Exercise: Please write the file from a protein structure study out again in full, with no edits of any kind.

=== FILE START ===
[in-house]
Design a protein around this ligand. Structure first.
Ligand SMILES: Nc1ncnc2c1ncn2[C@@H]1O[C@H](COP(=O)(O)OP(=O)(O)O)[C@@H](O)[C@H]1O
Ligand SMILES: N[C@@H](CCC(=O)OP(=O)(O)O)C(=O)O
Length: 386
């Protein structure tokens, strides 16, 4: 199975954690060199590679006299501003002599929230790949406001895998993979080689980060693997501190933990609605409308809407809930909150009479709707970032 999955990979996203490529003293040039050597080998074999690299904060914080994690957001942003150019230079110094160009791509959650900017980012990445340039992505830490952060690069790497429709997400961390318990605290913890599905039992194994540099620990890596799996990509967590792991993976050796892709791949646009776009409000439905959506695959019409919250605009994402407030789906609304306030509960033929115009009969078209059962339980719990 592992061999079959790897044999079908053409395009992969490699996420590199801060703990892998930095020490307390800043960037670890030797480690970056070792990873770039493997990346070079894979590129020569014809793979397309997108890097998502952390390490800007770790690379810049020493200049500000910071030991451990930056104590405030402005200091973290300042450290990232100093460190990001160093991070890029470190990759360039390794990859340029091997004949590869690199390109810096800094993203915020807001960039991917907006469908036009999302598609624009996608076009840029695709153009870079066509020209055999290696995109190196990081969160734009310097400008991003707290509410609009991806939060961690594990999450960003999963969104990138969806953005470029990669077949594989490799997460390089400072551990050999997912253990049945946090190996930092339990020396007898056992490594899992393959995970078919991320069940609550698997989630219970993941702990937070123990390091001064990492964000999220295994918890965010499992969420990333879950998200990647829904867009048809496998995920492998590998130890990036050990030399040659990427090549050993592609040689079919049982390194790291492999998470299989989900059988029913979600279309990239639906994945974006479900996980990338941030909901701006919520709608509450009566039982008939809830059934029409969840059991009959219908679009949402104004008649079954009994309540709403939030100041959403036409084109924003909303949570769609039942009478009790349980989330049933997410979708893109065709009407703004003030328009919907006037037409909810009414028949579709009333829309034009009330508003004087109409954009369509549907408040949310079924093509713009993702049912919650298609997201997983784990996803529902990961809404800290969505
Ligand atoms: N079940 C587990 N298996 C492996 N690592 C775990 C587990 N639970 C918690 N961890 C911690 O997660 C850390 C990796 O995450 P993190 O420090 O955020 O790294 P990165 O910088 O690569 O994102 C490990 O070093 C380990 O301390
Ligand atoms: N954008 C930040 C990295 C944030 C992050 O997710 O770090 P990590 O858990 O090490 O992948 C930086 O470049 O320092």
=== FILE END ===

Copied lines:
[in-house]
Design a protein around this ligand. Structure first.
Ligand SMILES: Nc1ncnc2c1ncn2[C@@H]1O[C@H](COP(=O)(O)OP(=O)(O)O)[C@@H](O)[C@H]1O
Ligand SMILES: N[C@@H](CCC(=O)OP(=O)(O)O)C(=O)O
Length: 386
């Protein structure tokens, strides 16, 4: 199975954690060199590679006299501003002599929230790949406001895998993979080689980060693997501190933990609605409308809407809930909150009479709707970032 999955990979996203490529003293040039050597080998074999690299904060914080994690957001942003150019230079110094160009791509959650900017980012990445340039992505830490952060690069790497429709997400961390318990605290913890599905039992194994540099620990890596799996990509967590792991993976050796892709791949646009776009409000439905959506695959019409919250605009994402407030789906609304306030509960033929115009009969078209059962339980719990 592992061999079959790897044999079908053409395009992969490699996420590199801060703990892998930095020490307390800043960037670890030797480690970056070792990873770039493997990346070079894979590129020569014809793979397309997108890097998502952390390490800007770790690379810049020493200049500000910071030991451990930056104590405030402005200091973290300042450290990232100093460190990001160093991070890029470190990759360039390794990859340029091997004949590869690199390109810096800094993203915020807001960039991917907006469908036009999302598609624009996608076009840029695709153009870079066509020209055999290696995109190196990081969160734009310097400008991003707290509410609009991806939060961690594990999450960003999963969104990138969806953005470029990669077949594989490799997460390089400072551990050999997912253990049945946090190996930092339990020396007898056992490594899992393959995970078919991320069940609550698997989630219970993941702990937070123990390091001064990492964000999220295994918890965010499992969420990333879950998200990647829904867009048809496998995920492998590998130890990036050990030399040659990427090549050993592609040689079919049982390194790291492999998470299989989900059988029913979600279309990239639906994945974006479900996980990338941030909901701006919520709608509450009566039982008939809830059934029409969840059991009959219908679009949402104004008649079954009994309540709403939030100041959403036409084109924003909303949570769609039942009478009790349980989330049933997410979708893109065709009407703004003030328009919907006037037409909810009414028949579709009333829309034009009330508003004087109409954009369509549907408040949310079924093509713009993702049912919650298609997201997983784990996803529902990961809404800290969505
Ligand atoms: N079940 C587990 N298996 C492996 N690592 C775990 C587990 N639970 C918690 N961890 C911690 O997660 C850390 C990796 O995450 P993190 O420090 O955020 O790294 P990165 O910088 O690569 O994102 C490990 O070093 C380990 O301390
Ligand atoms: N954008 C930040 C990295 C944030 C992050 O997710 O770090 P990590 O858990 O090490 O992948 C930086 O470049 O320092």